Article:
Research Article

Meta-analysis demonstrates lack of an association of microsomal epoxide hydrolase 1 polymorphisms with esophageal cancer risk

Published: October 15, 2013
Genet. Mol. Res. 12 (4) : 4540-4548 DOI: 10.4238/2013.October.15.2

Abstract

Epoxide hydrolases metabolize exogenous chemicals, including carcinogens such as polycyclic aromatic hydrocarbons. The relationship between microsomal epoxide hydrolase 1 (EPHX1) polymorphisms and esophageal cancer risk has been investigated in various ethnic populations, but the results have been contradictory. We investigated the association of EPHX1 Tyr113His and His139Arg polymorphisms with esophageal cancer via a comprehensive meta-analysis. Publications before August 20, 2012 were included. Eight studies concerning Tyr113His polymorphism associated with 1158 esophageal cancer cases and 1868 controls were identified; 7 studies concerning association of His139Arg with 901 esophageal cancer cases and 1615 controls were also included. A random-effect model was applied, irrespective of between-study heterogeneity. Data and study quality were assessed in duplicate. No significant association was found in either the allele or genotype models for Tyr113His or His139Arg polymorphism with risk for esophageal cancer. Lack of association was also identified in stratified analyses by ethnicity. No publication bias was observed. We conclude that current evidence does not demonstrate association of EPHX1 Tyr113His or His139Arg polymorphisms with risk for development of esophageal cancer.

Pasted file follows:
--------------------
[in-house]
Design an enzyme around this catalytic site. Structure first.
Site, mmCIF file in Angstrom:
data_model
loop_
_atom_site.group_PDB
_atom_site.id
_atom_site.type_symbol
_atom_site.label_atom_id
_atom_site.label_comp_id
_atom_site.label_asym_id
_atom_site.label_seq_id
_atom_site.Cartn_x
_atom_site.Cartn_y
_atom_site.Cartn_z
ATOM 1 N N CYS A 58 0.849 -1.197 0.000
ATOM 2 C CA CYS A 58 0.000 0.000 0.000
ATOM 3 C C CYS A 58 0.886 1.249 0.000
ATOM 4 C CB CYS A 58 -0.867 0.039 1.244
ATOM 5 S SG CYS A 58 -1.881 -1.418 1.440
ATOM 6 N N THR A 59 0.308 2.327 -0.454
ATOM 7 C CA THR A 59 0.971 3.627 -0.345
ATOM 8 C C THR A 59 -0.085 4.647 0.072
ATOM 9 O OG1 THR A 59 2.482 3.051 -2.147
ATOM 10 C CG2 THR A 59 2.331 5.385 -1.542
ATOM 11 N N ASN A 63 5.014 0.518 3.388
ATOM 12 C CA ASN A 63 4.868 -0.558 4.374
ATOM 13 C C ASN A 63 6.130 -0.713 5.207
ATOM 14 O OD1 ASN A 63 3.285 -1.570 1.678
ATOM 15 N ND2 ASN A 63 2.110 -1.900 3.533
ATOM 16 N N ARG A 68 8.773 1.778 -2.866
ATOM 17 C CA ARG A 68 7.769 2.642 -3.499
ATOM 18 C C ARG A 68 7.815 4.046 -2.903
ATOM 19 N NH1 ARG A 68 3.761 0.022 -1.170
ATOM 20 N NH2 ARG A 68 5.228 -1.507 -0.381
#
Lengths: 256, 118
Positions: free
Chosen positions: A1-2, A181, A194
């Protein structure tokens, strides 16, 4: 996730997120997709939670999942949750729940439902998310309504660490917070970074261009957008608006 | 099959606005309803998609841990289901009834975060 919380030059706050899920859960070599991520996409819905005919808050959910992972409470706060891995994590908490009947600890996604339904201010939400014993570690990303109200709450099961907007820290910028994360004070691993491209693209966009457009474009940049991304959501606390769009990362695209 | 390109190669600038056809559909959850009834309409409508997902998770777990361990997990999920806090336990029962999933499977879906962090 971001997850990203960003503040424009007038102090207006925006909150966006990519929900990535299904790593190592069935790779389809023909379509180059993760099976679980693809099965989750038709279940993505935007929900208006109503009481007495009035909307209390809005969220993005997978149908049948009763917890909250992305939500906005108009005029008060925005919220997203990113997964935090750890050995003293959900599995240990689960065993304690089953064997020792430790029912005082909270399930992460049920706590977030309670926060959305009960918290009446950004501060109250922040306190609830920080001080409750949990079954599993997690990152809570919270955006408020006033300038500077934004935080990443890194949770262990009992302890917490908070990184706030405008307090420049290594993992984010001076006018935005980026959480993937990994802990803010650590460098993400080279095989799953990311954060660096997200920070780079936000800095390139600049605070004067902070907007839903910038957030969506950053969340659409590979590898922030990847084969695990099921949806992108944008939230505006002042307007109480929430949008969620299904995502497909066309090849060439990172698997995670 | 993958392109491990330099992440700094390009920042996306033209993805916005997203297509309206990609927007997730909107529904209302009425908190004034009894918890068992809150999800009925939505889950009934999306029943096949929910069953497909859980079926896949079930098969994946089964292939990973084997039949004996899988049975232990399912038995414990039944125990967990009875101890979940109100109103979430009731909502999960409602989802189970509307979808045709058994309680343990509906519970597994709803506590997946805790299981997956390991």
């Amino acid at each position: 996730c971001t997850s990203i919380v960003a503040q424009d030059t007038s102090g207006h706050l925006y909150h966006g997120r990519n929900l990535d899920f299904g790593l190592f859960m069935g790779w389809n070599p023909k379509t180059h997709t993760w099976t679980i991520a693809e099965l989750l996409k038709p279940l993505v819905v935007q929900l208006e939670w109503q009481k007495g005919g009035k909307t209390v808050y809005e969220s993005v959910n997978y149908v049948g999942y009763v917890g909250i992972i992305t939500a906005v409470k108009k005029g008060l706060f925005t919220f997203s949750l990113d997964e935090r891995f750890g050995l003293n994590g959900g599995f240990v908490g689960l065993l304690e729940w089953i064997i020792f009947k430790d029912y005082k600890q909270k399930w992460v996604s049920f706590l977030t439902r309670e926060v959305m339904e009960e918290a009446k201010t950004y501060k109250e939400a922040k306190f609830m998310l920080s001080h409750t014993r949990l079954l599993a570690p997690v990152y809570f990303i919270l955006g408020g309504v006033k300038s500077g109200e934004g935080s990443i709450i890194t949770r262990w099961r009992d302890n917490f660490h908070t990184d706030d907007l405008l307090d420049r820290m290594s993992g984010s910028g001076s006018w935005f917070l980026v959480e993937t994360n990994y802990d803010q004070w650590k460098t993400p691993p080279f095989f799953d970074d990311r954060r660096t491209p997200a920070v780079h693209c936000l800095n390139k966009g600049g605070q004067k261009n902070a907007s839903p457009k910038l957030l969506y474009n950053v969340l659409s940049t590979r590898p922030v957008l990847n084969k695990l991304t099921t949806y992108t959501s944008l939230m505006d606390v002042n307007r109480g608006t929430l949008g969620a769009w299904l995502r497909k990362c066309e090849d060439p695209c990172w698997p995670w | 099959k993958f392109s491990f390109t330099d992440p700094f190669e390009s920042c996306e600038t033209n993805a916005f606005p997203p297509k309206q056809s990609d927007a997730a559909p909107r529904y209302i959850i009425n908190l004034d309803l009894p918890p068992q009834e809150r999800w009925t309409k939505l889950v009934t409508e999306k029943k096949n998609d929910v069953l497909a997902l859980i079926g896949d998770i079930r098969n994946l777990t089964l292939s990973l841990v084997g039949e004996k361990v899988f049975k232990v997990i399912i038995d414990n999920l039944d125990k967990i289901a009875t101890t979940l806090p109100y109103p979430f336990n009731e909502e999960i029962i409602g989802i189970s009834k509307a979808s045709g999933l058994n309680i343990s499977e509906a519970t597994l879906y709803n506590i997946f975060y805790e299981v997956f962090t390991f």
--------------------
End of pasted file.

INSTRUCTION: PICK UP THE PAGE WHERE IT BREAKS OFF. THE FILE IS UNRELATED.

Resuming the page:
Epoxide hydrolases metabolize exogenous chemicals, including carcinogens such as polycyclic aromatic hydrocarbons. The relationship between microsomal epoxide hydrolase 1 (EPHX1) polymorphisms and esophageal cancer risk has been investigated in various ethnic populations, but the results have been contradictory. We investigated the association of EPHX1 Tyr113His and His139Arg polymorphisms with esophageal cancer via a comprehensive meta-analysis. Publications before August 20, 2012 were included. Eight studies concerning Tyr113His polymorphism associated with 1158 esophageal cancer cases and 1868 controls were identified; 7 studies concerning association of His139Arg with 901 esophageal cancer cases and 1615 controls were also included. A random-effect model was applied, irrespective of between-study heterogeneity. Data and study quality were assessed in duplicate. No significant association was found in either the allele or genotype models for Tyr113His or His139Arg polymorphism with risk for esophageal cancer. Lack of association was also identified in stratified analyses by ethnicity. No publication bias was observed. We conclude that current evidence does not demonstrate association of EPHX1 Tyr113His or His139Arg polymorphisms with risk for development of esophageal cancer.

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